Maldonado Investments, L.L.C. v. State Farm Fire & Casualty Co.


UNPUBLISHED OPINION FILED. [16-31206 Affirmed ] Judge: EHJ , Judge: JES , Judge: ECP Mandate issue date is 12/12/2017 [16-31206]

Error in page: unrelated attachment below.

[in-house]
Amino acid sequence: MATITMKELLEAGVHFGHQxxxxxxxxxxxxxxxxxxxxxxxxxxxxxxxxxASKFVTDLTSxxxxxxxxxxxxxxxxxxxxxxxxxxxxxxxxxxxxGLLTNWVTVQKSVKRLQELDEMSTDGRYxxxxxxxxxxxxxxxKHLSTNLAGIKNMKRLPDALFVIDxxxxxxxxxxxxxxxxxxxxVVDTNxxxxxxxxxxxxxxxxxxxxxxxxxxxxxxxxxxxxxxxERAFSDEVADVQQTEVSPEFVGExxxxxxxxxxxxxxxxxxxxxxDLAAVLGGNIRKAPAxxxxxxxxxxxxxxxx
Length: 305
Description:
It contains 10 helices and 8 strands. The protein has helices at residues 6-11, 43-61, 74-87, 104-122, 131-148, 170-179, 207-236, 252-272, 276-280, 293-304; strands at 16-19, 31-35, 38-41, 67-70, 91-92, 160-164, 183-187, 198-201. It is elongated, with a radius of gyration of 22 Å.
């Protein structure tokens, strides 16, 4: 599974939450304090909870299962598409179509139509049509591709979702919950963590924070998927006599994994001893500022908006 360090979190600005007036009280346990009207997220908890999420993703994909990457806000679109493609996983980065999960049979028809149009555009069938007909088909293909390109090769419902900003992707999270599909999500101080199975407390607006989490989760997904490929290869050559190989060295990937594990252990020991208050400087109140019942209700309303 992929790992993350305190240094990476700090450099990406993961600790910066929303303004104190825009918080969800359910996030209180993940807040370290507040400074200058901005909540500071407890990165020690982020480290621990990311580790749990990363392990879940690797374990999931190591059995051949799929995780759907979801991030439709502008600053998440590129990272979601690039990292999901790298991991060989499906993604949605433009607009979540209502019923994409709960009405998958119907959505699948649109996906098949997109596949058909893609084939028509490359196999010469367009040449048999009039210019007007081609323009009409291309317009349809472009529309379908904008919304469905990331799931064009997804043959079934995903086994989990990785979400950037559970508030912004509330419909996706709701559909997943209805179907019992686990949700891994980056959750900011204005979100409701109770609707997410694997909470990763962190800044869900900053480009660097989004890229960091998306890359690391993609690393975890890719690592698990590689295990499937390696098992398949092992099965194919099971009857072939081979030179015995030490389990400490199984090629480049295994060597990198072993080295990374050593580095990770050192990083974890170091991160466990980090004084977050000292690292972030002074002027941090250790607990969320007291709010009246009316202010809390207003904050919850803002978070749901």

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Case: 16-31206 Document: 00514244213 Page: 1 Date Filed: 11/20/2017 IN THE UNITED STATES COURT OF APPEALS FOR THE FIFTH CIRCUIT United States Court of Appeals Fifth Circuit FILED No. 16-31206 November 20, 2017 Lyle W. Cayce Clerk MALDONADO INVESTMENTS, L.L.C., on behalf of Olive Street Bistro, Plaintiff–Appellant, v. STATE FARM FIRE & CASUALTY COMPANY, Defendant–Appellee. Appeal from the United States District Court for the Western District of Louisiana USDC No. 5:14-CV-2597 Before JONES, SMITH, and PRADO, Circuit Judges. PER CURIAM:* Plaintiff–Appellant Maldonado Investments, L.L.C. (“Maldonado Investments”) appeals from the district court’s grant of summary judgment in favor of Defendant–Appellee State Farm Fire & Casualty Company (“State Farm”). For the reasons set forth below, we AFFIRM. I. BACKGROUND Maldonado Investments owned and operated Olive Street Bistro, an Italian restaurant in Shreveport, Louisiana. State Farm issued a fire Pursuant to 5TH CIR. R. 47.5, the court has determined that this opinion should not be published and is not precedent except under the limited circumstances set forth in 5TH CIR. R. 47.5.4. * Case: 16-31206 Document: 00514244213 Page: 2 Date Filed: 11/20/2017 No. 16-31206 insurance policy to Maldonado Investments effective February 26, 2013, through February 26, 2014 (the “Policy”). “Coverage A” of the Policy applied to the buildings housing the Olive Street Bistro, and “Coverage B” of the Policy applied to the business personal property in those buildings. On the night of September 30, 2013, a fire destroyed the Olive Street Bistro. Investigators with the Shreveport Fire Department determined that the fire was intentionally set. Maldonado Investments filed a claim on the Policy for losses sustained in the fire, including the total loss of its buildings, the total loss of all personal property, and the loss of business income. State Farm conducted an investigation, and on January 21, 2014, denied Maldonado Investments’ claim under the Policy’s exclusion for dishonesty (“Dishonesty Exclusion”). 1 Over two years later, Carl Dollar, an employee of the Olive Street Bistro at the time of the fire, entered an Alford plea 2 in Louisiana state court to arson with intent to defraud in connection with the fire. See La. Stat. Ann. § 14:53 (2014). Maldonado Investments filed this coverage action against State Farm in state court on August 4, 2014, and State Farm removed the action to federal 1 The Dishonesty Exclusion provides that the Policy does not cover: Dishonest or criminal acts by [the insured], anyone else with an interest in the property, or any of [the insured’s] or their partners, “members,” officers, “managers,” employees, directors, trustees, authorized representatives or anyone to whom [the insured] entrust[s] the property for any purpose: .... This exclusion does not apply to acts of destruction by [the insured’s] employees; but theft by employees is not covered. Named after the equivocal guilty plea upheld by the Supreme Court in North Carolina v. Alford, 400 U.S. 25 (1970), “[a] defendant entering an Alford plea pleads guilty but affirmatively protests his factual innocence to the charged offense.” United States v. Harlan, 35 F.3d 176, 180 n.1 (5th Cir. 1994); see, e.g., State v. Orman, 704 So. 2d 245, 245– 46 (La. 1998). 2 2 Case: 16-31206 Document: 00514244213 Page: 3 Date Filed: 11/20/2017 No. 16-31206 court, invoking diversity jurisdiction. State Farm then filed a motion for summary judgment asserting that the Dishonesty Exclusion applied to exclude coverage for Maldonado Investments’ claimed losses. In response, Maldonado Investments argued that the Dishonesty Exclusion “was made expressly inapplicable by a policy endorsement add-on, CMP-4710 Employee Dishonesty” (the “Endorsement”). 3 The district court disagreed, finding that the Endorsement only modified Coverage B (relating to business personal property) and that in any event, Maldonado Investments failed to raise a genuine dispute of material fact that Dollar intended to obtain a financial benefit for any employee or any other person or organization, which are elements required to establish coverage under the Endorsement. The district court granted summary judgment in favor of State Farm, and Maldonado Investments timely appealed. II. DISCUSSION This Court reviews a grant of summary judgment de novo, applying the same standards as the district court. Hefren v. McDermott, Inc., 820 F.3d 767, 771 (5th Cir. 2016). We “shall grant summary judgment if the movant shows that there is no genuine dispute as to any material fact and the movant is entitled to judgment as a matter of law.” Fed. R. Civ. P. 56(a). A genuine 3 The Endorsement provides that State Farm will cover: [D]irect physical loss to Business Personal Property . . . resulting from dishonest acts committed by any of [the insured’s] “employees” acting alone or in collusion with other persons (except [the insured] or [the insured’s] partner) with the manifest intent to: a. Cause [the insured] to sustain loss; and b. Obtain financial benefit (other than salaries, commissions, fees, bonuses, promotions, awards, profit sharing, pensions or other “employee” benefits earned in the normal course of employment) for: (1) Any “employee”; or (2) Any other person or organization intended by that “employee” to receive that benefit. 3 Case: 16-31206 Document: 00514244213 Page: 4 Date Filed: 11/20/2017 No. 16-31206 dispute of material fact exists “if the evidence is such that a reasonable jury could return a verdict for the nonmoving party.” Anderson v. Liberty Lobby, Inc., 477 U.S. 242, 248 (1986). “All reasonable inferences must be viewed in the light most favorable to the party opposing summary judgment, and any doubt must be resolved in favor of the non-moving party.” In re La. Crawfish Producers, 852 F.3d 456, 462 (5th Cir. 2017) (citing Matsushita Elec. Indus. Co., Ltd. v. Zenith Radio Corp., 475 U.S. 574, 587 (1986)). On appeal, Maldonado Investments argues that the district court erred in granting summary judgment because the Dishonesty Exclusion’s exception for “acts of destruction” by “employees” (the “Employee Destruction Exception”) applies and establishes coverage. However, Maldonado Investments did not raise this argument in the district court; it only argued that the Dishonesty Exclusion was made entirely inapplicable by the Endorsement. Because Maldonado Investments did not dispute that the Dishonesty Exclusion would apply but for the Endorsement, the district court did not have an opportunity to consider the Employee Destruction Exception argument Maldonado Maldonado Investments Investments waived advances its on Employee appeal. Accordingly, Destruction Exception argument. See, e.g., Keelan v. Majesco Software, Inc., 407 F.3d 332, 339–40 (5th Cir. 2005). Maldonado Investments argues that we are nonetheless obliged to consider whether the Employee Destruction Exception applies because it involves a pure question of law that, if ignored, would result in a miscarriage of justice. See Coastal States Mktg., Inc. v. Hunt, 694 F.2d 1358, 1364 (5th Cir. 1983); see also Hormel v. Helvering, 312 U.S. 552, 556–59 (1941). However, neither condition is satisfied in this case. The applicability of the Employee Destruction Exception does not involve a pure question of law. The parties dispute the facts surrounding Dollar’s relationship with the Olive Street Bistro 4 Case: 16-31206 Document: 00514244213 Page: 5 Date Filed: 11/20/2017 No. 16-31206 and, by extension, Maldonado Investments. Specifically, they dispute whether Dollar served in a managerial capacity so as to make him a “manager” under the Policy as opposed to merely an “employee.” Moreover, our failure to consider this new argument will not result in a miscarriage of justice. To invoke a miscarriage of justice, we have required litigants to show good cause for their failure to raise an issue below or identify a unique harm making the result manifestly unfair absent their ability to press an issue on appeal. See Clark v. Aetna Cas. & Sur. Co., 778 F.2d 242, 249 (5th Cir. 1985); see also AAR, Inc. v. Nunez, 408 F. App’x 828, 830 (5th Cir. 2011) (per curiam) (unpublished). Maldonado Investments does not provide a reason for its failure to raise this issue below or identify any unique harm involved in this case. Therefore, we will not consider for the first time on appeal Maldonado Investments’ argument that the Employee Destruction exception applies. See Clark, 778 F.2d at 249. Maldonado Investments also argues that the district court erred in granting summary judgment as to Coverage B because Dollar’s Alford plea created a genuine dispute of material fact as to whether the Endorsement’s elements were satisfied. 4 The elements required to establish arson with intent to defraud and to establish coverage under the Endorsement are not coextensive, and as the district court correctly noted, Dollar’s Alford plea was not accompanied by a detailed colloquy addressing the elements of the charged offense—let alone the elements required to establish coverage under the Endorsement. 5 Significantly, Dollar’s Alford plea did not identify any financial benefit he intended to receive (or intended another person or organization to receive) by setting the fire, which are elements required to establish coverage Maldonado Investments does not challenge on appeal the district court’s finding that the Endorsement only modified Coverage B (and not Coverage A). 5 We thus need not, and do not, attempt to delineate when an Alford plea is admissible in a subsequent civil proceeding. 4 5 Case: 16-31206 Document: 00514244213 Page: 6 Date Filed: 11/20/2017 No. 16-31206 under the Endorsement. What we are left with is Maldonado Investments’ speculation that Dollar entered his Alford plea because he set the fire “in order to get money” from an unidentified source. However, such speculation is insufficient to raise a genuine dispute of material fact regarding coverage under the Endorsement. See Likens v. Hartford Life & Acc. Ins. Co., 688 F.3d 197, 202 (5th Cir. 2012) (“[T]he non-movant still cannot defeat summary judgment with speculation, improbable inferences, or unsubstantiated assertions.”); see also Brown v. City of Hous., 337 F.3d 539, 541 (5th Cir. 2003). Accordingly, the district court properly granted State Farm’s motion for summary judgment. III. CONCLUSION For the foregoing reasons, the judgment of the district court is AFFIRMED. 6